Sothe works of Danielme believe that the study of Game Theory began with Bernoulli. A mathematician born in 1700, Bernoulli is probably best known for his work with the properties and relationships of press ure, density, velocity and fluid flow. Known as “Bernoulli’s Principle,” this work f orms the basis of jet engine production and operation today. Pressured by his fa ther to enter the world of commerce, he is also credited with introducing the concepts of expected utility and diminishing returns. This work in particular can be of use when “pricing” bets or bluffs in no-limit poker.
Others believe the first real mathematical tool to become available to game theorists was “Bayes’ Theorem,” published posthumously in Eng land in the 18th century. Thomas Bayes was born in 1702 and was an ordained m inister. His work involved using probabilities as a basis for logical inferenc e. (The author has developed and used artificially intelligent systems based on “Bay es’ Theorem” to trade derivatives in today’s financial markets.)
Yet still others believe that the study of Game The ory began with the publication of Antoine Augustin Cournot’sThe Recherchesin the early 1800s. The work dealt with the optimization of output as a best dynamic respon se.
Émile Borel was probably the first to formally define important concepts in the use of strategy in games. Born in 1871 in Saint-Affrique, France, he demonstrated an early penchant for mathematics. In 1909 the Sorbonne crea ted a special chair of “Theory of Functions” which Borel held through 1940. During the years 1921–27 he published several papers on Game Theory and several papers on poker. Important to poker players are his discussions on the concepts of imperfect information, mixed strategies and credibility.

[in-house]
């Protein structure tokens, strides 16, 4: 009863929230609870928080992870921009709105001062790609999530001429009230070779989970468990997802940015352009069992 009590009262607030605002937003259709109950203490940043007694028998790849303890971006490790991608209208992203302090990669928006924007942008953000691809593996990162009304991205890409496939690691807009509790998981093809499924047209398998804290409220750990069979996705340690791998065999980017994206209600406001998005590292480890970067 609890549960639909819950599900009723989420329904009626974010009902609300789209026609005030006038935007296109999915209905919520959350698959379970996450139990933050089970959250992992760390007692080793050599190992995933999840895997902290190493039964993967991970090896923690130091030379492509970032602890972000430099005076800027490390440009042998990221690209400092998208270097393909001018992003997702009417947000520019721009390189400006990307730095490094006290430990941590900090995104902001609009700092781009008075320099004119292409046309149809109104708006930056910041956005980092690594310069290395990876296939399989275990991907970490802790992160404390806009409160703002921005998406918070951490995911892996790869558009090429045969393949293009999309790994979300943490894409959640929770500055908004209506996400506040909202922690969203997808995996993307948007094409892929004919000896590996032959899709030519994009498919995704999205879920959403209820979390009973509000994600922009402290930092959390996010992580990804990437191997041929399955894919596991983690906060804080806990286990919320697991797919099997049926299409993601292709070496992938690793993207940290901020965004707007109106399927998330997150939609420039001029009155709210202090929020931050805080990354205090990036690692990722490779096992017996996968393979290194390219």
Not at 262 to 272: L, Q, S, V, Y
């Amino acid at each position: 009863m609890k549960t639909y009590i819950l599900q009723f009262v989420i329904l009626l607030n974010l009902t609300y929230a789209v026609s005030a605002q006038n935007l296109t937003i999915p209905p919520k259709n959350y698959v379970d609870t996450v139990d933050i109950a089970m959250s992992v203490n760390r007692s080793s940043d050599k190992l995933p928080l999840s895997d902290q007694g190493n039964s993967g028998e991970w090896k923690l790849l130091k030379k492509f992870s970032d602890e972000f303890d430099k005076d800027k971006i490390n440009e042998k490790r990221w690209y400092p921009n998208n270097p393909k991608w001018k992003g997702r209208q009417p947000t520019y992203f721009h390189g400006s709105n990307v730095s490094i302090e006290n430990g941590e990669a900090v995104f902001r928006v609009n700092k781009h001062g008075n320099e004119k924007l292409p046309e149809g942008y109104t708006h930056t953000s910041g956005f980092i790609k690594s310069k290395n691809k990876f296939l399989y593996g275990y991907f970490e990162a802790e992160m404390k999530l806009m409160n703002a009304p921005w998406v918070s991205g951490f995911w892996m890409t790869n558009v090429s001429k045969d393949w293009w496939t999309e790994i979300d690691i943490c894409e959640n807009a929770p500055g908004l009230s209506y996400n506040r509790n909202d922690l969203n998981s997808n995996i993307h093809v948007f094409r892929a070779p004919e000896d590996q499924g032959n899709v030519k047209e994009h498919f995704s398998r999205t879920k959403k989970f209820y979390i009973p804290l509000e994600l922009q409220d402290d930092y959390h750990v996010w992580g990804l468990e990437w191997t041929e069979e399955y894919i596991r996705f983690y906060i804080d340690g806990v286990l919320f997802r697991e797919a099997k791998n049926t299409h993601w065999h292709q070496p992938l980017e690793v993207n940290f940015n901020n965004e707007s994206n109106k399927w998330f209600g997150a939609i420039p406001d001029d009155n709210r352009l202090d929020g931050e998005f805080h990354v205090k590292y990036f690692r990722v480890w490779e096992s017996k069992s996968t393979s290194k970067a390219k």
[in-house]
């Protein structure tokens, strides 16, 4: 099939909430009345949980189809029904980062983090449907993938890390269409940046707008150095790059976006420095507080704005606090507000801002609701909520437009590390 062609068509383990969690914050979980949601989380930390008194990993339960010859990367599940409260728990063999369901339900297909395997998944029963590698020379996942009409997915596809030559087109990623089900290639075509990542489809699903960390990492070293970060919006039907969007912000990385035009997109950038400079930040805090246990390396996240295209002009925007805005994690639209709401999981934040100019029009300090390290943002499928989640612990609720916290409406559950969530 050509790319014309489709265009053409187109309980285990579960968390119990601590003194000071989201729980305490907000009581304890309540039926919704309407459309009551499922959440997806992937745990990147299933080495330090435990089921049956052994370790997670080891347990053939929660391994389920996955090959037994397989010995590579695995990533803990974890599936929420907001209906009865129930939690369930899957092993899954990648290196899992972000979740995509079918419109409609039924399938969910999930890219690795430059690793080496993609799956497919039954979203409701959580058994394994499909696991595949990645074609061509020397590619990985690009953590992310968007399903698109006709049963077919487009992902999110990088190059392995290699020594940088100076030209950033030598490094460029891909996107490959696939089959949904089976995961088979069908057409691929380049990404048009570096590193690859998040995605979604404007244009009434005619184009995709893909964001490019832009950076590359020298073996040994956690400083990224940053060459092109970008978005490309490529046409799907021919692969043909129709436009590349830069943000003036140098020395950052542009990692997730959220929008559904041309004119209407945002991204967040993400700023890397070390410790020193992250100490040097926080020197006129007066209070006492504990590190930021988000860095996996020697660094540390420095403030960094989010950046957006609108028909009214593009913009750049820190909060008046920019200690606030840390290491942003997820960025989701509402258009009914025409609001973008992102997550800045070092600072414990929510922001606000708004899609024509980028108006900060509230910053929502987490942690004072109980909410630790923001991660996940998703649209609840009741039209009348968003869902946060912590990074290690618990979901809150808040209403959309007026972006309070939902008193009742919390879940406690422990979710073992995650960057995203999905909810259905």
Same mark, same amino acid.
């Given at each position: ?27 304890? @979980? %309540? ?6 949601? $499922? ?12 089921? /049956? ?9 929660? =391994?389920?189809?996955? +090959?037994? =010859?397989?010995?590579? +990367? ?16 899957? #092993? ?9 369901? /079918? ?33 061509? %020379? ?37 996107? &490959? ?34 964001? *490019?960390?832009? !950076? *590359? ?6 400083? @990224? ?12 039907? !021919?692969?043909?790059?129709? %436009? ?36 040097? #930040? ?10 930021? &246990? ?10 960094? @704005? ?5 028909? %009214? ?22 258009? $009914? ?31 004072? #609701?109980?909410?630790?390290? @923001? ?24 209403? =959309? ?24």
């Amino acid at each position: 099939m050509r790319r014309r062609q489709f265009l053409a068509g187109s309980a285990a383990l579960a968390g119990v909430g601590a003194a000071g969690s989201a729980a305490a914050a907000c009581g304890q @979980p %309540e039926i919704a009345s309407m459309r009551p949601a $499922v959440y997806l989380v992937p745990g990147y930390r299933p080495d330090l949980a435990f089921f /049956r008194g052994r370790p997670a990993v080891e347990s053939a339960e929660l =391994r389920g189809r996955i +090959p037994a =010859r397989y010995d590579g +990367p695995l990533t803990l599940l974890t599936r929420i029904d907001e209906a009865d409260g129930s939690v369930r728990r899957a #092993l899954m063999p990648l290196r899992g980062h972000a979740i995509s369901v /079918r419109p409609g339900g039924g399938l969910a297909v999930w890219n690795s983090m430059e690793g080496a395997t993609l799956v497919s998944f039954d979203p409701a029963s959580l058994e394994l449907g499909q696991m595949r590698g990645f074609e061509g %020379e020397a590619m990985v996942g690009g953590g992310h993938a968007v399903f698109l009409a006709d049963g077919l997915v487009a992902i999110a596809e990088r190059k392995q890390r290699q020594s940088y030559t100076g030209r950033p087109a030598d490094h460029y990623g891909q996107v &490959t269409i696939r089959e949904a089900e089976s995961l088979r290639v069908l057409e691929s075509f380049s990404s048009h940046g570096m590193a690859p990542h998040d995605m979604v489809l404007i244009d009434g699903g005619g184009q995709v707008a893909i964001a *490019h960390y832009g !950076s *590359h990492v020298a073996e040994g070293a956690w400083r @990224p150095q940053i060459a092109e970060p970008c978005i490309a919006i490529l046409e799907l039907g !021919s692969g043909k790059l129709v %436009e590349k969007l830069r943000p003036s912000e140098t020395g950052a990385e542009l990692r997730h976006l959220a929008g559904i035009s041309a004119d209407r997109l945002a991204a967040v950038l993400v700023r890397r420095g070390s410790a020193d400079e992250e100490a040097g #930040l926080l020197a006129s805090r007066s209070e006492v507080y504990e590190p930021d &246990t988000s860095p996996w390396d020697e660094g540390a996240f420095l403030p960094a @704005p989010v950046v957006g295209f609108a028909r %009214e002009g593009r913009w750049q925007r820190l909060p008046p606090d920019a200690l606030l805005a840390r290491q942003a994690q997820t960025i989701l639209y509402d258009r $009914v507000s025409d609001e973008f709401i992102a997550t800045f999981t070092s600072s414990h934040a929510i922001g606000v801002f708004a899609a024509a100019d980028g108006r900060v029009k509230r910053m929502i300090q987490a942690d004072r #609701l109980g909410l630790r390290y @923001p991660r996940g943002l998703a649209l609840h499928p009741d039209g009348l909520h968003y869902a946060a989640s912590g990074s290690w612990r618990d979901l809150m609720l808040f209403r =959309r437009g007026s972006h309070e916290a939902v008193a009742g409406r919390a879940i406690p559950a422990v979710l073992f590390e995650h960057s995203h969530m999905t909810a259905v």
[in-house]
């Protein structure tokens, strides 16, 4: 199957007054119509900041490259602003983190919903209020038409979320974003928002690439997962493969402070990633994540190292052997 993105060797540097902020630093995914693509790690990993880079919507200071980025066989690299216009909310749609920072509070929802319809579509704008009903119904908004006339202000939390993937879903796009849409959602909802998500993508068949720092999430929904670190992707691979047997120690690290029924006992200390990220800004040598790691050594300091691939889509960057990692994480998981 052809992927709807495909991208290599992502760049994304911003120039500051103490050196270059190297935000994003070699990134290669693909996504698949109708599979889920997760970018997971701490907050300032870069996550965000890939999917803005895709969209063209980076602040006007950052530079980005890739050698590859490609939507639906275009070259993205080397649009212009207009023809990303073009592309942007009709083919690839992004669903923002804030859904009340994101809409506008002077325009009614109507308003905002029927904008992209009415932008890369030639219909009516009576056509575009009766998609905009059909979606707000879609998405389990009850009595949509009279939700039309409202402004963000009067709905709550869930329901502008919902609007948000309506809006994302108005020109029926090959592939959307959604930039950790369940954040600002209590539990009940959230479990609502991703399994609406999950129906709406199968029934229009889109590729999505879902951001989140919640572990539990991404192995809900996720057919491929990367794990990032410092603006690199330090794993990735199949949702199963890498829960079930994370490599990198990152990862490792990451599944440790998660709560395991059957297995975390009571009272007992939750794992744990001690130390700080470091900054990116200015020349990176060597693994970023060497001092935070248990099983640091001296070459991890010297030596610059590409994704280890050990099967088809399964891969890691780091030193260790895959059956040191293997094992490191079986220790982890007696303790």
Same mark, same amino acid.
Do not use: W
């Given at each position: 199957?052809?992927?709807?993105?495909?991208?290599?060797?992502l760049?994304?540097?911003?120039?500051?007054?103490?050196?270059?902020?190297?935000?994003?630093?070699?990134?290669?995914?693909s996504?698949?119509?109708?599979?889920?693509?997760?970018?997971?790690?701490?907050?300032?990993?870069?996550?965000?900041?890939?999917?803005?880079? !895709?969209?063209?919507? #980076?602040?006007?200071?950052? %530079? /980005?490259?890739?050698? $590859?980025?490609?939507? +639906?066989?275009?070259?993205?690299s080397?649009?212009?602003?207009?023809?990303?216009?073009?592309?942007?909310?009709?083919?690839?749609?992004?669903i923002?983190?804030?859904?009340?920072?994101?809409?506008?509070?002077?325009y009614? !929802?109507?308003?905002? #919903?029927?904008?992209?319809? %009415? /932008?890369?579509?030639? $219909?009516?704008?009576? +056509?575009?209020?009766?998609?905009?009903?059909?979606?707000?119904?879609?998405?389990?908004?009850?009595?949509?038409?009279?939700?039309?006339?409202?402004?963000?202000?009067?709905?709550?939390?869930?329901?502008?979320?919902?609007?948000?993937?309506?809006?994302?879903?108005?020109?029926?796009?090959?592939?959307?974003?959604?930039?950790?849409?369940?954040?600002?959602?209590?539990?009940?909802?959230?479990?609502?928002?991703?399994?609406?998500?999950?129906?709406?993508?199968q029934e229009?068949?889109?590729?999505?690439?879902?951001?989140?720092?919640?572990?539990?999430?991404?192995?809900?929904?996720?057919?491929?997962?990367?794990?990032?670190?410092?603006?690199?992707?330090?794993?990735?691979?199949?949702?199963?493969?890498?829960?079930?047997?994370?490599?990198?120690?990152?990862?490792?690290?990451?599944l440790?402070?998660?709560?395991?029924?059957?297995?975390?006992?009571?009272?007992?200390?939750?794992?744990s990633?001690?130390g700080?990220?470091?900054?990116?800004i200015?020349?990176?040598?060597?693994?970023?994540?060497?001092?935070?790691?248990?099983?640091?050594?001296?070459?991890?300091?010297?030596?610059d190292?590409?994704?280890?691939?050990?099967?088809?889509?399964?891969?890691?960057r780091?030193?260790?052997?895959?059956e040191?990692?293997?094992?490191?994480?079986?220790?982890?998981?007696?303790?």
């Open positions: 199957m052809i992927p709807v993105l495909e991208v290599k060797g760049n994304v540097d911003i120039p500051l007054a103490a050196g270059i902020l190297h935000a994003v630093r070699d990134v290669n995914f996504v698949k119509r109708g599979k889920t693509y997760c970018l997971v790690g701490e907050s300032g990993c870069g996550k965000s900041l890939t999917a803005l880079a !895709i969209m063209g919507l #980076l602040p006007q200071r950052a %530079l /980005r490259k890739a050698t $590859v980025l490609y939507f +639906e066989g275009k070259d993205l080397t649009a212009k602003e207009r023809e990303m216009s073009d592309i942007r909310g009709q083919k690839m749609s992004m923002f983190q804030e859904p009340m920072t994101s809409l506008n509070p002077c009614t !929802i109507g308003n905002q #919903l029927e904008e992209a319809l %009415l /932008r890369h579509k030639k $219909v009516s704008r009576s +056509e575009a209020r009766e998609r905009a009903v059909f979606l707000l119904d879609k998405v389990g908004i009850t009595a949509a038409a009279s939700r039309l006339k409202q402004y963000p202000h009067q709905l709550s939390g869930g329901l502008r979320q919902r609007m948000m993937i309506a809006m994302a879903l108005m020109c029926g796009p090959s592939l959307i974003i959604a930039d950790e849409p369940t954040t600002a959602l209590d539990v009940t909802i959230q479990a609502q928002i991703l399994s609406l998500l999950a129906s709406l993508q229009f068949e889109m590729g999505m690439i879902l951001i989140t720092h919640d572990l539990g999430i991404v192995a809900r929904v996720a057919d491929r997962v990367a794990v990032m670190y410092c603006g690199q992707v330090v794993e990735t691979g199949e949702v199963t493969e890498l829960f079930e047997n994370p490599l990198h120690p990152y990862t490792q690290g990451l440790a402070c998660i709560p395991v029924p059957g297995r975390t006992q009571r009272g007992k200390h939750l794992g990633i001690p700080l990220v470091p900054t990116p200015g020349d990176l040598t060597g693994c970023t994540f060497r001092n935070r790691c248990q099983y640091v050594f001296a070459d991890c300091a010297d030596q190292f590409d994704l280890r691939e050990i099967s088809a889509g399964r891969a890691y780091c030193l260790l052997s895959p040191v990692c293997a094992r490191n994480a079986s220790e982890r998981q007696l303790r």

In 1944 Princeton University Press publishedTheory of Games and Economic Behaviorby John von Neumann and Oskar Morgenstern. While n ot the first work to define certain concepts of strategy in games, it is widely recognized as one that has fostered Game Theory as we know it today.
Also important to poker players is the work of Juli a Bowman Robinson. Born in 1919, she discovered her passion for mathematics af ter a bout with scarlet fever and was the first woman admitted to the Academy of Sciences. For poker players her most important work wasAn Iterative Method of Solving a Game.